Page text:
Logic suggests it would be insane for the regime to fire chemical shells across its beleaguered capital just as UN chemical weapons inspectors arrived in Damascus. But whose logic is operating here? By dismissing rebel charges that loyalist forces committed this war crime as “illogical”, the Assads merely repeat the standard cui bono argument they have wheeled out after almost every atrocity and assassination they have perpetrated over the past four decades: how could it be them if they are the ones who would obviously be blamed?
Notie how Gardner refers refers to the “Assads,” instead of just “Assad.” Maybe Assad’s wife Asma calls the shots when it comes to chemical-weapon attacks. (Sorry, couldn’t resist.) Still, as I wrote Monday:
While it’s doubtful the opposition launched the attacks, one can’t help but wonder if, directly or by discrete suggestion, he delegated such authority to generals in order for him to maintain plausible deniability. If cornered, Assad can claim rogue elements of the military were responsible and, without immediately naming names, promise to investigate.
Meanwhile, at IPS, Gareth Porter reports:
After initially insisting that Syria give United Nations investigators unimpeded access to the site of an alleged nerve gas attack, the administration of President Barack Obama reversed its position on Sunday and tried unsuccessfully to get the U.N. to call off its investigation.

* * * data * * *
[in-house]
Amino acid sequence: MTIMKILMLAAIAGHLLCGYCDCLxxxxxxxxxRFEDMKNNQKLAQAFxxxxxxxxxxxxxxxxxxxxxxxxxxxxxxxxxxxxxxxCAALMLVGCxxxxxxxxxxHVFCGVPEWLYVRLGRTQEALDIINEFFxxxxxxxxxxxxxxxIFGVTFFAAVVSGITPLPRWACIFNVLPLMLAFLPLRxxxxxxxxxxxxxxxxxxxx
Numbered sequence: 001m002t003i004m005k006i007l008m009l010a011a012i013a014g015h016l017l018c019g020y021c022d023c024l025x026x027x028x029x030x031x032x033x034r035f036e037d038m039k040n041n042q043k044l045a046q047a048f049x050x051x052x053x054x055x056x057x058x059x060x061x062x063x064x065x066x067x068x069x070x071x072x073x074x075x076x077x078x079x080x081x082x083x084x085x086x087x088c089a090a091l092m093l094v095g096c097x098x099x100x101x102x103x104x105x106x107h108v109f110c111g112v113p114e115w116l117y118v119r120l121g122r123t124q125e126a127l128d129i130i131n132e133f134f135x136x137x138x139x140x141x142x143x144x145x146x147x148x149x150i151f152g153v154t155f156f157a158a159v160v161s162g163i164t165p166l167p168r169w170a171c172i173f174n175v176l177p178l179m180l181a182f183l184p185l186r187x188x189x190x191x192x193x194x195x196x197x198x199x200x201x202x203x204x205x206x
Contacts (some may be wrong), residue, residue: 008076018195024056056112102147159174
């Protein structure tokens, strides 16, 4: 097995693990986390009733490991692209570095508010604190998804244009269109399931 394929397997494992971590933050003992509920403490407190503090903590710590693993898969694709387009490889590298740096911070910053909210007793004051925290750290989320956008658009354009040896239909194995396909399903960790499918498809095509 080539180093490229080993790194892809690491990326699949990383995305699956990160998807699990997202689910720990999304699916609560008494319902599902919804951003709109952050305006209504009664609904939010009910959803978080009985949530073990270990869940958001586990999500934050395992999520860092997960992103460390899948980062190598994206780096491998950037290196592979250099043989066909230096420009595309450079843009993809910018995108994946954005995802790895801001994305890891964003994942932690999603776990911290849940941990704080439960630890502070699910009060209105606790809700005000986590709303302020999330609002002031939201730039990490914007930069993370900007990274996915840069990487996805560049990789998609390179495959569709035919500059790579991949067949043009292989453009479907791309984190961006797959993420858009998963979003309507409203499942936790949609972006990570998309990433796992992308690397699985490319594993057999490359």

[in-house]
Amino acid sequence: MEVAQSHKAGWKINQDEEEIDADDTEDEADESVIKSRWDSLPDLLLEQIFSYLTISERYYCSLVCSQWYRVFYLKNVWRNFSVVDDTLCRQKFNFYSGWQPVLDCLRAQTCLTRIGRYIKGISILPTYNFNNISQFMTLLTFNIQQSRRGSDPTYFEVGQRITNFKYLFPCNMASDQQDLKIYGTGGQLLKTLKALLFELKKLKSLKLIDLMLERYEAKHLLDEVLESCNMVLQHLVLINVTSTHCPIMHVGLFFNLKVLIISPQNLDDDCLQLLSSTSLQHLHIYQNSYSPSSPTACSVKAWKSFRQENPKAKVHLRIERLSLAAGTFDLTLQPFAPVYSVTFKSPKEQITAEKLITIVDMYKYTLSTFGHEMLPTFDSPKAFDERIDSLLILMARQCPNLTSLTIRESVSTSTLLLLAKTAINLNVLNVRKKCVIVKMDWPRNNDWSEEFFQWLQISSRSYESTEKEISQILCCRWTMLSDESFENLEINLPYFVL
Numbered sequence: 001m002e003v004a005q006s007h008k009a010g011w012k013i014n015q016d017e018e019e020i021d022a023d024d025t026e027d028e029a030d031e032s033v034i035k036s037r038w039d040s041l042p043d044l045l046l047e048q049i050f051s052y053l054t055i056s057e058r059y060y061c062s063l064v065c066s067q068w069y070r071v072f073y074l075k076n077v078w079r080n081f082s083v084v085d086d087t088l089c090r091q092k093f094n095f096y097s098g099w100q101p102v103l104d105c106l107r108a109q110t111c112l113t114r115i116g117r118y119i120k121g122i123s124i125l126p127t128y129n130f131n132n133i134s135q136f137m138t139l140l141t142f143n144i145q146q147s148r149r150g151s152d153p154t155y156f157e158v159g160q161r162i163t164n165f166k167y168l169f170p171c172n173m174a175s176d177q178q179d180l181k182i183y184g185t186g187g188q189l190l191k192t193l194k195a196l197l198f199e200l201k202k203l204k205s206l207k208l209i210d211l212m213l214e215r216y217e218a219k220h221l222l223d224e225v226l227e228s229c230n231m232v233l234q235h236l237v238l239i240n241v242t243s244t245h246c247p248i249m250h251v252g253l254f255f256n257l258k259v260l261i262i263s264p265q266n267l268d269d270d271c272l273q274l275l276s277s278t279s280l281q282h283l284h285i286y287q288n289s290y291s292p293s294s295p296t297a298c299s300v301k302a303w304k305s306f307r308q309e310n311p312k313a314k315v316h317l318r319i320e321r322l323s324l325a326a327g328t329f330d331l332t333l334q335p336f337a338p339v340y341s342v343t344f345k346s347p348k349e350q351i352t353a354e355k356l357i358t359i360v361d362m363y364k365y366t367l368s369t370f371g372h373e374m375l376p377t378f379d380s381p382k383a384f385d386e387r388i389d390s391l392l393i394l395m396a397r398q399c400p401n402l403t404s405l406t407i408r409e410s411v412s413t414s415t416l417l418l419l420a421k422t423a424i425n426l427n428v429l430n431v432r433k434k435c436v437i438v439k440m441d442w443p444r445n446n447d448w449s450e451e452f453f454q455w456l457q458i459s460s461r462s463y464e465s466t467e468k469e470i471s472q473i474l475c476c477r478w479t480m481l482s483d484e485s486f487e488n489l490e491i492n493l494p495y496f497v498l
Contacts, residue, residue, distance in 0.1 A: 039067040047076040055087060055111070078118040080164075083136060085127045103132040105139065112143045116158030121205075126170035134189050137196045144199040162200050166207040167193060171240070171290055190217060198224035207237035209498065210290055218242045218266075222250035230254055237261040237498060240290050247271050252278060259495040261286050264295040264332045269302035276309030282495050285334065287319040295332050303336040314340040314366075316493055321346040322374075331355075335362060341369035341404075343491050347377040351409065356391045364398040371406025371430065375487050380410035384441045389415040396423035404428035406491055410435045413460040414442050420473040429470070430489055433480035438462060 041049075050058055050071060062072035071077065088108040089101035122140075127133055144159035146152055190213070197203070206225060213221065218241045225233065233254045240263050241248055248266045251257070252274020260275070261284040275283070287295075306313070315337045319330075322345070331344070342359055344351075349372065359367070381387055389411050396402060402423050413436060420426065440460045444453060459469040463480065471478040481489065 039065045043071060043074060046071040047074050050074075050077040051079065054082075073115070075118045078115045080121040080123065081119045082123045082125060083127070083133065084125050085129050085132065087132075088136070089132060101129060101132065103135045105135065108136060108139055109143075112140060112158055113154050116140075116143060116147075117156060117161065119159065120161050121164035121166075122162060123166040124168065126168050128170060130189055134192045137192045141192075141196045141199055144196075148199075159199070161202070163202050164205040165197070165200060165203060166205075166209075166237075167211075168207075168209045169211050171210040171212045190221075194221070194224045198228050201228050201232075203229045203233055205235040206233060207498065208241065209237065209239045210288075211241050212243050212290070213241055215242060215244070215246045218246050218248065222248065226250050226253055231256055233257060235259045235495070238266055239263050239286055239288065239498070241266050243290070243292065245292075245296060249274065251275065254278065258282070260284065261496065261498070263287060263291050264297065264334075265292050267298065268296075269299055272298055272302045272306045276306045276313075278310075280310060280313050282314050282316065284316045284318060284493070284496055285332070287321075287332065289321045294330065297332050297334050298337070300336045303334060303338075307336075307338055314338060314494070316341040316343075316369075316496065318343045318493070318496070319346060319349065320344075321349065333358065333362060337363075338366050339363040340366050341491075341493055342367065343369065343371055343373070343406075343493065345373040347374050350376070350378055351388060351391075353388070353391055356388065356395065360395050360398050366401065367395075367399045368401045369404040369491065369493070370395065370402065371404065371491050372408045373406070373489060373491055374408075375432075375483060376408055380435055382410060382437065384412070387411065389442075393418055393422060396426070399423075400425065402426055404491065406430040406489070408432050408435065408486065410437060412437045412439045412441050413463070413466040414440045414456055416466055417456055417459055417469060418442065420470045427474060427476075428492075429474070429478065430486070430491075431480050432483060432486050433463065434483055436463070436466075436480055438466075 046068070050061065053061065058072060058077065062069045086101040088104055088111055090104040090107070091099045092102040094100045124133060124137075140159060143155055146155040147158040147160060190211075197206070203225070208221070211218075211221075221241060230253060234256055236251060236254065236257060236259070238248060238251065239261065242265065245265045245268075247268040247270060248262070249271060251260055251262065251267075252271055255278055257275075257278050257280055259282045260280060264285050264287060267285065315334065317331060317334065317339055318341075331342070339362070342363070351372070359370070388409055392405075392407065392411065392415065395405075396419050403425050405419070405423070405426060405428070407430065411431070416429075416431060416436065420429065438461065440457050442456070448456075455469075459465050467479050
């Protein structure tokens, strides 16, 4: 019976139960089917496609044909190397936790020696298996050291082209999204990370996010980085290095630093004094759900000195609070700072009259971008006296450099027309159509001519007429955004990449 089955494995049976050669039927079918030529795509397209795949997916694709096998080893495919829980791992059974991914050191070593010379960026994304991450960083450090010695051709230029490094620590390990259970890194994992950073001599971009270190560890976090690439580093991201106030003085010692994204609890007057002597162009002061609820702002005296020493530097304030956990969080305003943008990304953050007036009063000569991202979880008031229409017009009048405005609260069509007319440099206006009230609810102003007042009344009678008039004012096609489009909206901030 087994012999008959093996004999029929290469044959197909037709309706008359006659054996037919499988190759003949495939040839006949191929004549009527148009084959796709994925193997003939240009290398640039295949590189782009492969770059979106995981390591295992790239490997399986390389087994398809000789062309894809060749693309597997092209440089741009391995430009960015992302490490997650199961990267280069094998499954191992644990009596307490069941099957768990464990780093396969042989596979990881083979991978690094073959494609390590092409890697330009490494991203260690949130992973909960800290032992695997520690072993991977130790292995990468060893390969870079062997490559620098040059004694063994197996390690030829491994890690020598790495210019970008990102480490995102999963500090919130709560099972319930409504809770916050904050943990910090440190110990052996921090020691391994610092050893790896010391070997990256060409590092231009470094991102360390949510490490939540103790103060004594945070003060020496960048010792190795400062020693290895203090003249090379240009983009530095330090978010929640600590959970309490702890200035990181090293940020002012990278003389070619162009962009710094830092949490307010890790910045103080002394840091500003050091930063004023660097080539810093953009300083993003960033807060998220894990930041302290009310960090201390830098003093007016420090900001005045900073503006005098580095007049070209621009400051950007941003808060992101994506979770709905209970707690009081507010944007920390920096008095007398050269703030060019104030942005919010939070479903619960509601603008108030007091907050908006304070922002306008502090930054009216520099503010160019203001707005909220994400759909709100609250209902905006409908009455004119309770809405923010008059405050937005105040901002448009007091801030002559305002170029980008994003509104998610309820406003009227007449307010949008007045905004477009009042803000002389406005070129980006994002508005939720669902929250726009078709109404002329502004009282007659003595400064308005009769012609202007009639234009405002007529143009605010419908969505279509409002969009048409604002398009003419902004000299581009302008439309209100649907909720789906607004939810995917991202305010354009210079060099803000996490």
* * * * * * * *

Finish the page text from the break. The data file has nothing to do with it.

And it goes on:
The administration’s reversal, which came within hours of the deal reached between Syria and the U.N., was reported by the Wall Street Journal Monday and effectively confirmed by a State Department spokesperson later that day.
In his press appearance Monday, Secretary of State John Kerry, who intervened with U.N. Secretary-General Ban Ki-Moon to call off the investigation, dismissed the U.N. investigation as coming too late to obtain valid evidence on the attack that Syrian opposition sources claimed killed as many 1,300 people.
Specialists on chemical weapons also suggested in interviews with IPS that the U.N. investigating team, under a highly regarded Swedish specialist Ake Sellstom and including several experts borrowed from the Organisation for the Prevention of Chemical Weapons, should be able to either confirm or disprove the charge of an attack with nerve or another chemical weapon within a matter of days.
“The sudden reversal and overt hostility toward the U.N. investigation,” Porter writes, “suggests that the administration sees the U.N. as hindering its plans for an attack.”
Sounds familiar, doesn’t it? Porter again.
The administration’s effort to discredit the investigation recalls the George W. Bush administration’s rejection of the position of U.N. inspectors in 2002 and 2003 after they found no evidence of any weapons of mass destruction in Iraq and the administration’s refusal to give inspectors more time to fully rule out the existence of an active Iraqi WMD programme.
Not to mention those who only rattle the saber more loudly now that Iran has elected a president whose extending the olive branch to the West. When it comes to logic, though, war has its own and human life is not part of its calculus.
Cross-posted from the Foreign Policy in Focus blog Focal Points.